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Rapamycin: Easter Island's fountain of youth?
What a drug that makes mice live longer could do for humans
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cientists haven't found the fountain of youth, said Keith J. Winstein in The Wall Street Journal, and you won't be able to buy a "reliable human longevity pill" any time soon. But a study published Wednesday in the journal Nature "found that rapamycin, a drug used in organ transplants, increased the life span of mice by 9 percent to 14 percent, the first definitive case in which a chemical has been shown to extend the life span of normal mammals."

Another promising aspect of the find, said Gisela Telis in Science, was that the antibiotic rapamycin—first found in soil samples from Easter Island in 1965—"enabled middle-aged mice to live up to 16 percent longer than their rapa-free counterparts." That doesn't make rapamycin the fountain of youth, but the discovery marks the first time a drug has been shown to lengthen life span in mammals, even when administered late in life."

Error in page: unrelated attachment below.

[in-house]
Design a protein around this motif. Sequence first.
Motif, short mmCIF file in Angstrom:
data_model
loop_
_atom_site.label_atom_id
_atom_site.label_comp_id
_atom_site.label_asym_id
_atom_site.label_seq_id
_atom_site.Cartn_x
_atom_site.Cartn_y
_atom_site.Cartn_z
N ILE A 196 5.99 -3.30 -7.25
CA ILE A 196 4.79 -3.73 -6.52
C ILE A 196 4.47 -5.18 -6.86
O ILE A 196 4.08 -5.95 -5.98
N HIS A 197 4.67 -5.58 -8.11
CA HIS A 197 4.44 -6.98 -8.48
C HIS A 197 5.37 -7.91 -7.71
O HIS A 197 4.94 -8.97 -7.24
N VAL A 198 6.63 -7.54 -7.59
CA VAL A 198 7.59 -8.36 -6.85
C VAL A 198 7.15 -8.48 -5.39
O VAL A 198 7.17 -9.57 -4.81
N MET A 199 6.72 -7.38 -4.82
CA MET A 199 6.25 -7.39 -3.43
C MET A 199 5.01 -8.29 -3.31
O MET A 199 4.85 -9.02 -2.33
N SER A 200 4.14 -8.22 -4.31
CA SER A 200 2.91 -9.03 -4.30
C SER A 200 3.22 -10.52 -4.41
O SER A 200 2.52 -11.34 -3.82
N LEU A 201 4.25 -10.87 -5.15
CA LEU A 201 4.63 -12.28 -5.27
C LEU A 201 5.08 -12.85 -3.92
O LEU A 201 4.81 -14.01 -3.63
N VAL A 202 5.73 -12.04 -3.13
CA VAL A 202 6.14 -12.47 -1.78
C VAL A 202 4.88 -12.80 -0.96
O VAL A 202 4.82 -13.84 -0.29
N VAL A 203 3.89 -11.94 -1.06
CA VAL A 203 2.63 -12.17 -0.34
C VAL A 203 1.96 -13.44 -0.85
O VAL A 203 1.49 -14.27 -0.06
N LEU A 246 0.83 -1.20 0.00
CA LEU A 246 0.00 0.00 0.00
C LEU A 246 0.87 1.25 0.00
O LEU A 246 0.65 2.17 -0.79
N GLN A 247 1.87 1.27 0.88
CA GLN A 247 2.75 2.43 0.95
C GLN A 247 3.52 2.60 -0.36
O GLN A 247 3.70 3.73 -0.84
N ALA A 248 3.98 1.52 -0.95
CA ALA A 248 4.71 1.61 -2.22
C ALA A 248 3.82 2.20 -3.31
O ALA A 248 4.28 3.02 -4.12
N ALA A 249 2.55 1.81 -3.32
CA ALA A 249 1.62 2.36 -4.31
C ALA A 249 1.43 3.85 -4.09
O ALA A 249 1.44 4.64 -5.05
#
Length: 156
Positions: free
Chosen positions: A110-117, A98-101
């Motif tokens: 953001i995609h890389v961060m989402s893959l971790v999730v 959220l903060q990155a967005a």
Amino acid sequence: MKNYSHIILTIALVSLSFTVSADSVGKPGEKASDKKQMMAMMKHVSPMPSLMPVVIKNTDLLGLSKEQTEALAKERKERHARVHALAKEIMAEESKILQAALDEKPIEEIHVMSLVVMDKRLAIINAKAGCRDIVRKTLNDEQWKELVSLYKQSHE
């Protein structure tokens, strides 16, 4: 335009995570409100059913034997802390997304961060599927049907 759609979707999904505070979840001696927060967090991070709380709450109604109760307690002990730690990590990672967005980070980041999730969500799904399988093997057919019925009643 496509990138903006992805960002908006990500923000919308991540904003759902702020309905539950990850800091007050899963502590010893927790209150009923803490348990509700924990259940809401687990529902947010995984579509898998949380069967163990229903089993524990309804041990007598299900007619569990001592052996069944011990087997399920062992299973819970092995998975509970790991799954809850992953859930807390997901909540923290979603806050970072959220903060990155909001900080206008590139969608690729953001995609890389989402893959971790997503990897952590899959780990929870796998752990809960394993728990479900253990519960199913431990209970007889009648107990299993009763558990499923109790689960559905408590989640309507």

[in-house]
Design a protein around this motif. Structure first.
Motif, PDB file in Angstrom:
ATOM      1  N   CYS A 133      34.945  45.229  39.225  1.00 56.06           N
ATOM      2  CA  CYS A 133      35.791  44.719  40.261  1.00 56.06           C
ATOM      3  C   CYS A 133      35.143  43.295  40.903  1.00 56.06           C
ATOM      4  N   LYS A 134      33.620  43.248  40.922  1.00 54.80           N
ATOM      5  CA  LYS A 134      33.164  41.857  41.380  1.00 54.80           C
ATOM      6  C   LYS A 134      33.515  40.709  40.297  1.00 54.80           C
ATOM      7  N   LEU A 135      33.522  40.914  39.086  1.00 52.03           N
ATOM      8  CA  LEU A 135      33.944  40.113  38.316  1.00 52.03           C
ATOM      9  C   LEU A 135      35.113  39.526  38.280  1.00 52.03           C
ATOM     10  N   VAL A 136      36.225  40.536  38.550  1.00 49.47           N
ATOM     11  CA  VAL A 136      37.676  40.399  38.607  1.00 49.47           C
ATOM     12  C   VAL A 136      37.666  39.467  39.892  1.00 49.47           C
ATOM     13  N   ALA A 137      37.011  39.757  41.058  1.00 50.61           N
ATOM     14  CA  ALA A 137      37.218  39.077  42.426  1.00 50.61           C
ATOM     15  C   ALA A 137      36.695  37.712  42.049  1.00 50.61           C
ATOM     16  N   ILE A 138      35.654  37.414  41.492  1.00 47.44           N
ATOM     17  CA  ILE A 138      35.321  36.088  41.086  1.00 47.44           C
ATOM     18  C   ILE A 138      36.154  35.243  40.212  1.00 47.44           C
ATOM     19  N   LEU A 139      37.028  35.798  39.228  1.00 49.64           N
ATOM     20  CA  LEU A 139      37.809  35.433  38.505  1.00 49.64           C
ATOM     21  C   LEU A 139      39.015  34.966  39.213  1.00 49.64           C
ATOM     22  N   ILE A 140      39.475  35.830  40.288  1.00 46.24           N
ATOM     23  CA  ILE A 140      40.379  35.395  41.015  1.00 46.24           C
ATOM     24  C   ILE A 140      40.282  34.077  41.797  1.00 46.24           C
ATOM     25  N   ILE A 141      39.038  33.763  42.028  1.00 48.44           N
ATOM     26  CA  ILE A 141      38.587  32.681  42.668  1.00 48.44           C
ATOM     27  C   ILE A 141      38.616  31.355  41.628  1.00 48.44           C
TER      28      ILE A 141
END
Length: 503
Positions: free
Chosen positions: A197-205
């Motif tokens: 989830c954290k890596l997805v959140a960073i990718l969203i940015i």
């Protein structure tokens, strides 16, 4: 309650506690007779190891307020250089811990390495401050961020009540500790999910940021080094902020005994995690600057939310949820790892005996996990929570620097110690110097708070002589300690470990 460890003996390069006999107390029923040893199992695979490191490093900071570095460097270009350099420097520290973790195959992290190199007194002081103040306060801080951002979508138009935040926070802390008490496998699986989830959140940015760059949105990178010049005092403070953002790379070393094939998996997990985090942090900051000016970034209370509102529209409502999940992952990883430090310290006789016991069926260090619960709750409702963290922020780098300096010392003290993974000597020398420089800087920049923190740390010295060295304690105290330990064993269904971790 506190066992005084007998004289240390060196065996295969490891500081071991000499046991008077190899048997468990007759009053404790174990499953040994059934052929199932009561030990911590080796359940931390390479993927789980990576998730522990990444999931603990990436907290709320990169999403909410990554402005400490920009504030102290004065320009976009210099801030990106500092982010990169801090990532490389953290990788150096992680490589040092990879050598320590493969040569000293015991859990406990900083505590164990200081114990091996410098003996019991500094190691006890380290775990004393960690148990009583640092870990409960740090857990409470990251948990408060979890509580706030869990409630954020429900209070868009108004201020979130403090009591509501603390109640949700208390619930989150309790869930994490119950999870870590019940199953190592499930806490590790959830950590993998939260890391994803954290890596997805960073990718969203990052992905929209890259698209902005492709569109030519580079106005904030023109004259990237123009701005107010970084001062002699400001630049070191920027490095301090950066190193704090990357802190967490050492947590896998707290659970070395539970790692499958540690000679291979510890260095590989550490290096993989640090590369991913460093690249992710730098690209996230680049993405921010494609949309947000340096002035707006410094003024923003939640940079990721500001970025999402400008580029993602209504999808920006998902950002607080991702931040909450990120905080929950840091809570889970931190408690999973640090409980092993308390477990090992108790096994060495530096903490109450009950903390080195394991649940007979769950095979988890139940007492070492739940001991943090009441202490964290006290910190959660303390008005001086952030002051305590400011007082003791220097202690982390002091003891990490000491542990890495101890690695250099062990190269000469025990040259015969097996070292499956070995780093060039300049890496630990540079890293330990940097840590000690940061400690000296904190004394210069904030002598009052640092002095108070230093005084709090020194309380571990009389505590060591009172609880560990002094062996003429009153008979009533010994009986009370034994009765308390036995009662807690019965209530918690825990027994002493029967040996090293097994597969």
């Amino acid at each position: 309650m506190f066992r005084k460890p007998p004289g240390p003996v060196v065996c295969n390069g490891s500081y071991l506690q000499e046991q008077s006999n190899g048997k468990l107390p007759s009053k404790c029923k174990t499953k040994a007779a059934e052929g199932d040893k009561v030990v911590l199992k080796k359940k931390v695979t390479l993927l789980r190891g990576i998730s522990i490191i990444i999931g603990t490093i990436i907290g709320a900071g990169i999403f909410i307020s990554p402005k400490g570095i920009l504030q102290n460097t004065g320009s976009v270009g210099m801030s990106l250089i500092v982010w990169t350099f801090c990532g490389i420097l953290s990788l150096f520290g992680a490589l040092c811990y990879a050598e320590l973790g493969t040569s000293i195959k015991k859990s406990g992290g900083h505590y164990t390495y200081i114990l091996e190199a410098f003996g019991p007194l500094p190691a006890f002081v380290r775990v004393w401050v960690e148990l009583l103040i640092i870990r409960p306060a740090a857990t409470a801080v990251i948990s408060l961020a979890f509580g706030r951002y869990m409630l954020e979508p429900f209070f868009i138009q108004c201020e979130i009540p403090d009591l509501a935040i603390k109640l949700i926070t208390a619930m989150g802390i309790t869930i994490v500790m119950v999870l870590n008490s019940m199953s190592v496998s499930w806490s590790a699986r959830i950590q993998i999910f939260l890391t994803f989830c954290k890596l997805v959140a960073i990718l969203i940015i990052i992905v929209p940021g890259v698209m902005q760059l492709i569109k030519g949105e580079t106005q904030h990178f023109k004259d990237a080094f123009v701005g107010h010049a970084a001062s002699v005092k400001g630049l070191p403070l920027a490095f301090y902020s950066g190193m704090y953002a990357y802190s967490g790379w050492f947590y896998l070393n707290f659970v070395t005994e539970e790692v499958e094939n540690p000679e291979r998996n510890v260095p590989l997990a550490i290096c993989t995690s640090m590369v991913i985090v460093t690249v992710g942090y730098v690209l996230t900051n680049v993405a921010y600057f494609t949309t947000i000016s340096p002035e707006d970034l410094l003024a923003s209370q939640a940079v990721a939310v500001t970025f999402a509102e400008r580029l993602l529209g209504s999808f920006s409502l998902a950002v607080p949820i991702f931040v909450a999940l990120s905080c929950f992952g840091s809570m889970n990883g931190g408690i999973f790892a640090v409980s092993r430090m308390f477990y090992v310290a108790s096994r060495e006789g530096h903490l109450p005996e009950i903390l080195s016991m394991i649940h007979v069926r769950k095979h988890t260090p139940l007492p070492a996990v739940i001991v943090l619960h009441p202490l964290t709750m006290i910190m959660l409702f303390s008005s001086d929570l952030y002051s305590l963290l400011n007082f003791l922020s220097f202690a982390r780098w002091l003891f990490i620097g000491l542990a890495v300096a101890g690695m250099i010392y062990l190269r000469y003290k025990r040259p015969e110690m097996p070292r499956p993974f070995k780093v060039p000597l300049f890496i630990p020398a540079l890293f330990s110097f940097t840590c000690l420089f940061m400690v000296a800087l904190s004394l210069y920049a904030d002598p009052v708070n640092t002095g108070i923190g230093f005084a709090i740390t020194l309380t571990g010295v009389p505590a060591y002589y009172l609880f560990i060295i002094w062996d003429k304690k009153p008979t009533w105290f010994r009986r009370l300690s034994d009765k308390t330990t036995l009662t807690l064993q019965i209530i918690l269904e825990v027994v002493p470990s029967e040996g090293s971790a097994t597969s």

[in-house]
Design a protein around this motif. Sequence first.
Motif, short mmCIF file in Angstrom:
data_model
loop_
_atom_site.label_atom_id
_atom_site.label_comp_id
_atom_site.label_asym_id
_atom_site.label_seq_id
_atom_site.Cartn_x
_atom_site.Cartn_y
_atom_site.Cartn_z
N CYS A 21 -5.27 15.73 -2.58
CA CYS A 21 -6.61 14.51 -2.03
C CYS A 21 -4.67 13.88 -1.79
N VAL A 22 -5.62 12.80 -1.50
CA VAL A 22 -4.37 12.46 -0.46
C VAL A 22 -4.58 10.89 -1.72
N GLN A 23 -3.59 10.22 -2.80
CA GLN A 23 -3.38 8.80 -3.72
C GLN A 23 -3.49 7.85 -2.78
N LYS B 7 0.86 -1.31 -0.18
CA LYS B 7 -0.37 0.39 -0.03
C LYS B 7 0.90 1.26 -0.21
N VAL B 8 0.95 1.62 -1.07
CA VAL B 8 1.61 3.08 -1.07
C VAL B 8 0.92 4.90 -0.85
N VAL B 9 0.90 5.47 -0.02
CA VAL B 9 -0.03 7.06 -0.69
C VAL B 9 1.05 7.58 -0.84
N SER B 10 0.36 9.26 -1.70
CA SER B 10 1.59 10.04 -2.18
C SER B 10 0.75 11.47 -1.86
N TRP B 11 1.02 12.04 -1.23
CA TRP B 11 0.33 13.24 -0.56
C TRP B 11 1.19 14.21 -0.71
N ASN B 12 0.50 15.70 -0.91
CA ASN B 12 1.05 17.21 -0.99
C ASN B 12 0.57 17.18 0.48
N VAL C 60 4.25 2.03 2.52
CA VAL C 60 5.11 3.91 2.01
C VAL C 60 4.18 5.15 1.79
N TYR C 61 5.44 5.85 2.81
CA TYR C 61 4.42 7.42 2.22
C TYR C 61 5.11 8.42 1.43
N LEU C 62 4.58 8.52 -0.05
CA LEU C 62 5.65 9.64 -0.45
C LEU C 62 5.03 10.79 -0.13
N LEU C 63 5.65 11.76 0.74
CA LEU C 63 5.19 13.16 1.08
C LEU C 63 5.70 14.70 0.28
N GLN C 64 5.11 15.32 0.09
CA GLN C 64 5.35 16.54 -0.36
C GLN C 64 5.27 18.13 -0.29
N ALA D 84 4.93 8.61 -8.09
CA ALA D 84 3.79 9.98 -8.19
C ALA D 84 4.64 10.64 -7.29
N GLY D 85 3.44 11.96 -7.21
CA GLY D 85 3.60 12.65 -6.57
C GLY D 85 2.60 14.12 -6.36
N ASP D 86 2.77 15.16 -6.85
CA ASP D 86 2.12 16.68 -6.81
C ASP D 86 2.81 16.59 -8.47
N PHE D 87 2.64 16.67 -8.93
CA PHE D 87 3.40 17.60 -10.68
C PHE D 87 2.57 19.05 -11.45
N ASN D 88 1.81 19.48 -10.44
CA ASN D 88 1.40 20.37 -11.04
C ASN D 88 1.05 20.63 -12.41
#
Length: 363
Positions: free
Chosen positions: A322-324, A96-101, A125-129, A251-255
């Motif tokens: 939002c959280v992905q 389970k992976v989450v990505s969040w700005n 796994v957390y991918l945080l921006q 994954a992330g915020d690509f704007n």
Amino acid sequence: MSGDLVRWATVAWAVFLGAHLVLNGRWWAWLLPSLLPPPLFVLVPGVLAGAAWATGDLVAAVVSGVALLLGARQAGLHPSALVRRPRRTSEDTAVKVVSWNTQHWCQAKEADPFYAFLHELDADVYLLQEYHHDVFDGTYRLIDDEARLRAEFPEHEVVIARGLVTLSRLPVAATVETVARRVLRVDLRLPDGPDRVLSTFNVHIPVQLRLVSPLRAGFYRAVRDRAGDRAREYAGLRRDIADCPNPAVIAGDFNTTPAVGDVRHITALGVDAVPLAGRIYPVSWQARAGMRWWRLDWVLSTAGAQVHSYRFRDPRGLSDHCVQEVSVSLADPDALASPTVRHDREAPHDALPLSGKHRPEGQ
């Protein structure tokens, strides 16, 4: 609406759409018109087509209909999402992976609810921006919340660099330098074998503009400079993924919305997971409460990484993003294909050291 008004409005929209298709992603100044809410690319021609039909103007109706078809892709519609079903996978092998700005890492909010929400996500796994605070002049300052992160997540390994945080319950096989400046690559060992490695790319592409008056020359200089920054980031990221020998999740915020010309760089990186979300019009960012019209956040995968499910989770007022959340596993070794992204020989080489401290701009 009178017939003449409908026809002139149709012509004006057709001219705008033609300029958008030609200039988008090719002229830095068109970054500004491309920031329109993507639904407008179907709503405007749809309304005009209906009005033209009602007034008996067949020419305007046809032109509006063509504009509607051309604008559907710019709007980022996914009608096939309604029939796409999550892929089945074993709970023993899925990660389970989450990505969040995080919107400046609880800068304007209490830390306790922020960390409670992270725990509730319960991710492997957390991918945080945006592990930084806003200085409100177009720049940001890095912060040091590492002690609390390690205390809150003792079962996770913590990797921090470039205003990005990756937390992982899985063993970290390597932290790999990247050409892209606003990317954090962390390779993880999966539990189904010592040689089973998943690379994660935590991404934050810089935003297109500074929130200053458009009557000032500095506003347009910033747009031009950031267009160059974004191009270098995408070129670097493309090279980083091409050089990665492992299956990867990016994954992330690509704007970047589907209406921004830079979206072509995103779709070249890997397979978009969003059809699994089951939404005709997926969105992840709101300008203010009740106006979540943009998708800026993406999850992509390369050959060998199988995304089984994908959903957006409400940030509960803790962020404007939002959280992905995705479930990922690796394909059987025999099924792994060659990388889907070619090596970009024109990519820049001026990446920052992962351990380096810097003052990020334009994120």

That's encouraging, said Nicholas Wade in The New York Times, because "other interventions that prolong life in mice, including a very low-calorie diet, need to be started early in life to show any effect." But doctors warn that rapamycin can have dangerous side effects—it is used to suppress the immune system in transplant patients. A drug like that is "not to be trifled with," so don't try this at home.

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